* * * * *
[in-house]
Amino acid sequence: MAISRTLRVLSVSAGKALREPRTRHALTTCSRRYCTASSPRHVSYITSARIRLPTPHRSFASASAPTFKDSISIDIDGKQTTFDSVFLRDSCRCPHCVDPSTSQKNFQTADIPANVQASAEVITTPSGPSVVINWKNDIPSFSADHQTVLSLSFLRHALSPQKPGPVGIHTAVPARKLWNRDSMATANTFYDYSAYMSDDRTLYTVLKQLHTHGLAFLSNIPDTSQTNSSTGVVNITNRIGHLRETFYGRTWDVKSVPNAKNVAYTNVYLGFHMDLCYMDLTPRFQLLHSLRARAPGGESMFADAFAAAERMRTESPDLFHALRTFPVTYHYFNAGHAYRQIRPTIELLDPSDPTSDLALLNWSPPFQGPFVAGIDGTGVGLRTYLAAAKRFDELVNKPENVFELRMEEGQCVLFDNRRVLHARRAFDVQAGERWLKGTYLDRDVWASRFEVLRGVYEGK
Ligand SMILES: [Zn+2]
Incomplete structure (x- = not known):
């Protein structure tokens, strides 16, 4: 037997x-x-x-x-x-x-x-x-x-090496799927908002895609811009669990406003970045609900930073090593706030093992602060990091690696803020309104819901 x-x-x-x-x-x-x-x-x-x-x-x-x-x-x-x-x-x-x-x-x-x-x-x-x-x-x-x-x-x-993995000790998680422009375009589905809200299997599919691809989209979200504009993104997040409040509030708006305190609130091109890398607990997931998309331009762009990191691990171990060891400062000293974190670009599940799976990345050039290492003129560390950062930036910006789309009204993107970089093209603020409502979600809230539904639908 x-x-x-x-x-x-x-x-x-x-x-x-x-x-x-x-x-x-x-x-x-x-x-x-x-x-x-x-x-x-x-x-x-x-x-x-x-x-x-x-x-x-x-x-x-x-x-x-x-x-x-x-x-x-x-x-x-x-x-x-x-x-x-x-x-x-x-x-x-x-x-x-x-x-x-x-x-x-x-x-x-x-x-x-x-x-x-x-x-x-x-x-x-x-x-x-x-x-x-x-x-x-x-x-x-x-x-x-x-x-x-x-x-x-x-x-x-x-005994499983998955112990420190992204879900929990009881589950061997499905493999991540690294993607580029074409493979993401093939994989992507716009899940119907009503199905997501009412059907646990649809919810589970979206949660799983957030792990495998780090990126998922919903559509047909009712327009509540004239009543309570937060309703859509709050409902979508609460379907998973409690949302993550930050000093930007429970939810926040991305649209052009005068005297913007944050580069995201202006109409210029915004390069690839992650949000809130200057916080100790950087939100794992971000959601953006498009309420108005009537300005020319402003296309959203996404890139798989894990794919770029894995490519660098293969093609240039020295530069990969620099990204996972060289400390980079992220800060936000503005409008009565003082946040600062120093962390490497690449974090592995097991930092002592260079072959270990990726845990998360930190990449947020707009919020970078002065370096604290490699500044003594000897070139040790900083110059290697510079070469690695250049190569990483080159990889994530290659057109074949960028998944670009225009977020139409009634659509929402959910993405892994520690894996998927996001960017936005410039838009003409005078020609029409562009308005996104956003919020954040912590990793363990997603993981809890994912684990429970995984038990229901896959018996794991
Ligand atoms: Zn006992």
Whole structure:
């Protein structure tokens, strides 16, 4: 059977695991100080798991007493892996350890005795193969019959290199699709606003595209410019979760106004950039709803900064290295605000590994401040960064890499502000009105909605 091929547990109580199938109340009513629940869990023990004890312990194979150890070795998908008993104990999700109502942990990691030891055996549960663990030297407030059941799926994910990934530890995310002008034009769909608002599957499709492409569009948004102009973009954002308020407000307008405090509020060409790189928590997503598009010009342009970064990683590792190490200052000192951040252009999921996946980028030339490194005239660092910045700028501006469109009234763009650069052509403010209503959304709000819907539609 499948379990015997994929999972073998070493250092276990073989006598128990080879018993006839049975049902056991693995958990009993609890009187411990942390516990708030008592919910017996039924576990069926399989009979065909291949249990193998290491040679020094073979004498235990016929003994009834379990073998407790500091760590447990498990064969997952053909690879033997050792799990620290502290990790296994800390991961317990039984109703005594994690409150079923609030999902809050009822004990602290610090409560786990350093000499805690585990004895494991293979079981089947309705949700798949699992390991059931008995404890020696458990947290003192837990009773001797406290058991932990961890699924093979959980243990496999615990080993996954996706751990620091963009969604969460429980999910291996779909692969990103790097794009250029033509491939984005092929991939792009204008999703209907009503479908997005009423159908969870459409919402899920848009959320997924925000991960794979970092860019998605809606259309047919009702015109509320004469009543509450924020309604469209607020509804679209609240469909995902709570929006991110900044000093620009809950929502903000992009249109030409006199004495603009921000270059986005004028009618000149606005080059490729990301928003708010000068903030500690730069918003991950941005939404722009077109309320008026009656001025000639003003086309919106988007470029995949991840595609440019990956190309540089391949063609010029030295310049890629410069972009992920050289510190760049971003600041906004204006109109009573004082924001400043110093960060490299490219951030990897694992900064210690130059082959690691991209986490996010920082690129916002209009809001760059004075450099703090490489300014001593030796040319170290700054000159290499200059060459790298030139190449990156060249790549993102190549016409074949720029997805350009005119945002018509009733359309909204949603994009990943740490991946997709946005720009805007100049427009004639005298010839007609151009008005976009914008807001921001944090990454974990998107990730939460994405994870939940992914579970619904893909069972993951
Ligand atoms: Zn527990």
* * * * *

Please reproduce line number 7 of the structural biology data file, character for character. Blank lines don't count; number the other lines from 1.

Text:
Whole structure: